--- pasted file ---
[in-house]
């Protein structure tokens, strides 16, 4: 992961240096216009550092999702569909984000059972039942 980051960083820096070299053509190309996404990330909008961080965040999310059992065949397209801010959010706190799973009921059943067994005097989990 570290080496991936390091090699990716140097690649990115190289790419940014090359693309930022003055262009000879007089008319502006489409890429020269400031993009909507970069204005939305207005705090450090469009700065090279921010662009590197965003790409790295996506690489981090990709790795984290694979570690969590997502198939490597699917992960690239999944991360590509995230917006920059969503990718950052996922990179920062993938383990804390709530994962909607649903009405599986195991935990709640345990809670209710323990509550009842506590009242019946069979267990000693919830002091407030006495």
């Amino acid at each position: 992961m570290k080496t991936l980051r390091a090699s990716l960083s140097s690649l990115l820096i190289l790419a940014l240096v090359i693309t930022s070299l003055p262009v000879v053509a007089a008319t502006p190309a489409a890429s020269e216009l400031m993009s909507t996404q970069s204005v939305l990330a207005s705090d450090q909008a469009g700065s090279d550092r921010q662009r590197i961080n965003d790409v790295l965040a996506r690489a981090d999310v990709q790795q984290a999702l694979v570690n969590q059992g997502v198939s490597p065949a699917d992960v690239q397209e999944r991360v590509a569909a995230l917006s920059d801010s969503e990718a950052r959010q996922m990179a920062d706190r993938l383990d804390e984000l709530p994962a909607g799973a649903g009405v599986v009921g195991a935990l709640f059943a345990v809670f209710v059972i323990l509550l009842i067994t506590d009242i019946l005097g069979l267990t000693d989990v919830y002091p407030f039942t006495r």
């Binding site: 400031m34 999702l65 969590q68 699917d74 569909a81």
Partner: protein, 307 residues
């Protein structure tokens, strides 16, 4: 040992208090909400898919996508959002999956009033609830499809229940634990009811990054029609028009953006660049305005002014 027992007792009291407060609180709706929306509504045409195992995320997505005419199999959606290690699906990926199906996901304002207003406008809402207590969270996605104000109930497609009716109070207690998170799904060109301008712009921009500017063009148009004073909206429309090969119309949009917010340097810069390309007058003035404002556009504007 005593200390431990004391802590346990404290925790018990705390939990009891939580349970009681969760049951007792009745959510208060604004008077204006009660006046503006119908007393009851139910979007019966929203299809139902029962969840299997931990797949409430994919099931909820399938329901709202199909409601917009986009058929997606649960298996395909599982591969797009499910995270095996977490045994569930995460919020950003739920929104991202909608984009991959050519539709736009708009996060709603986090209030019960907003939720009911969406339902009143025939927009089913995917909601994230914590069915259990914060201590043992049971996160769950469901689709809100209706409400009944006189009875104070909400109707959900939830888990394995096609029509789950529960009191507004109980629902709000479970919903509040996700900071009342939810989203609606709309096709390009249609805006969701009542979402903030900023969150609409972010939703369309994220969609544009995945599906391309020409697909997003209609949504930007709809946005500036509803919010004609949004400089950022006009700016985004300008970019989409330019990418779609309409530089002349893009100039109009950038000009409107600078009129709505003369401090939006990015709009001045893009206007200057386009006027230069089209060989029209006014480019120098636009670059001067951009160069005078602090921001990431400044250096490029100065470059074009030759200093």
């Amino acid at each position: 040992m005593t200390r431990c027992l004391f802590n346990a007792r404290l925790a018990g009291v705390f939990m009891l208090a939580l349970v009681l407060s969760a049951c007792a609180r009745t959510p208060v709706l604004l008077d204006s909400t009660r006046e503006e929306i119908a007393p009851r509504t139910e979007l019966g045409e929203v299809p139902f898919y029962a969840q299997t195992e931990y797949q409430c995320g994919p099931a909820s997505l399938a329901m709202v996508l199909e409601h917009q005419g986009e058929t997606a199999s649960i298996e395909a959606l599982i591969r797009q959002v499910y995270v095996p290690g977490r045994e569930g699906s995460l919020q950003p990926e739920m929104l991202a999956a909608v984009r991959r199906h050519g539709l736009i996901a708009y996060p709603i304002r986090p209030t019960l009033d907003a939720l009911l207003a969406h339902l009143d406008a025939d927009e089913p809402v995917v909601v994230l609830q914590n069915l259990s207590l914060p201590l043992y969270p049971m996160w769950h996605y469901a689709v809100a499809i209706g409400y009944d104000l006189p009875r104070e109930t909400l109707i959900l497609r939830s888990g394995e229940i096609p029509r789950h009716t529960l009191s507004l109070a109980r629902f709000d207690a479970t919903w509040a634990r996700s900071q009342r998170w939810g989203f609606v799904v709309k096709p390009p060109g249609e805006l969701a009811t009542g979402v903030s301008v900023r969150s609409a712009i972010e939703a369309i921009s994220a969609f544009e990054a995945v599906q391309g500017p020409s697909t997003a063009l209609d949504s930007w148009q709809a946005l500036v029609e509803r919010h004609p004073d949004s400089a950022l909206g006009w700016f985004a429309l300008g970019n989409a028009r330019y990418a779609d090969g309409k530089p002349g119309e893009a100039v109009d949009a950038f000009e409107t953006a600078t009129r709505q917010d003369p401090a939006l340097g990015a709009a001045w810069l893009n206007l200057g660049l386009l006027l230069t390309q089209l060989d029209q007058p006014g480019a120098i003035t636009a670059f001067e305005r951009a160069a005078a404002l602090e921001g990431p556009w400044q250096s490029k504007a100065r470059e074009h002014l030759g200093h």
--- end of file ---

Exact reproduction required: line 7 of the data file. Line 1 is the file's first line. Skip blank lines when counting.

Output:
């Amino acid at each position: 040992m005593t200390r431990c027992l004391f802590n346990a007792r404290l925790a018990g009291v705390f939990m009891l208090a939580l349970v009681l407060s969760a049951c007792a609180r009745t959510p208060v709706l604004l008077d204006s909400t009660r006046e503006e929306i119908a007393p009851r509504t139910e979007l019966g045409e929203v299809p139902f898919y029962a969840q299997t195992e931990y797949q409430c995320g994919p099931a909820s997505l399938a329901m709202v996508l199909e409601h917009q005419g986009e058929t997606a199999s649960i298996e395909a959606l599982i591969r797009q959002v499910y995270v095996p290690g977490r045994e569930g699906s995460l919020q950003p990926e739920m929104l991202a999956a909608v984009r991959r199906h050519g539709l736009i996901a708009y996060p709603i304002r986090p209030t019960l009033d907003a939720l009911l207003a969406h339902l009143d406008a025939d927009e089913p809402v995917v909601v994230l609830q914590n069915l259990s207590l914060p201590l043992y969270p049971m996160w769950h996605y469901a689709v809100a499809i209706g409400y009944d104000l006189p009875r104070e109930t909400l109707i959900l497609r939830s888990g394995e229940i096609p029509r789950h009716t529960l009191s507004l109070a109980r629902f709000d207690a479970t919903w509040a634990r996700s900071q009342r998170w939810g989203f609606v799904v709309k096709p390009p060109g249609e805006l969701a009811t009542g979402v903030s301008v900023r969150s609409a712009i972010e939703a369309i921009s994220a969609f544009e990054a995945v599906q391309g500017p020409s697909t997003a063009l209609d949504s930007w148009q709809a946005l500036v029609e509803r919010h004609p004073d949004s400089a950022l909206g006009w700016f985004a429309l300008g970019n989409a028009r330019y990418a779609d090969g309409k530089p002349g119309e893009a100039v109009d949009a950038f000009e409107t953006a600078t009129r709505q917010d003369p401090a939006l340097g990015a709009a001045w810069l893009n206007l200057g660049l386009l006027l230069t390309q089209l060989d029209q007058p006014g480019a120098i003035t636009a670059f001067e305005r951009a160069a005078a404002l602090e921001g990431p556009w400044q250096s490029k504007a100065r470059e074009h002014l030759g200093h």